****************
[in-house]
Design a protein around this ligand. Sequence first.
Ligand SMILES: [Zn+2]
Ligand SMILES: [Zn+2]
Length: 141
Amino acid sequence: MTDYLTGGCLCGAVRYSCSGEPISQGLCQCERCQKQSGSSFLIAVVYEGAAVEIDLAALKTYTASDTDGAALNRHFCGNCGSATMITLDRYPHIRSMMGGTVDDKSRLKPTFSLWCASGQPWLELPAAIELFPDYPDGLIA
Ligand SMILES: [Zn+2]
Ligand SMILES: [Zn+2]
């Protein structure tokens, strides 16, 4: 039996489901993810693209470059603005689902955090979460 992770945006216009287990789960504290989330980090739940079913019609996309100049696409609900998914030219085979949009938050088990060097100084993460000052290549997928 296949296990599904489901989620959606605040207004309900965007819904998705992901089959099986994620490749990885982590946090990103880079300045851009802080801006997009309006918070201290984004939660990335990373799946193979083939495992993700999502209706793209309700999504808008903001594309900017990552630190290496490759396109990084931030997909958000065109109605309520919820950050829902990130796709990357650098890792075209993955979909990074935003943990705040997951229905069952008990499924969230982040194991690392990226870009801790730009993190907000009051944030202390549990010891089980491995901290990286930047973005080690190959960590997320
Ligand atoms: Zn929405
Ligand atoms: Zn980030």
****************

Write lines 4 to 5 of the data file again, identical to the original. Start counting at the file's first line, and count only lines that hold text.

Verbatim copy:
Ligand SMILES: [Zn+2]
Length: 141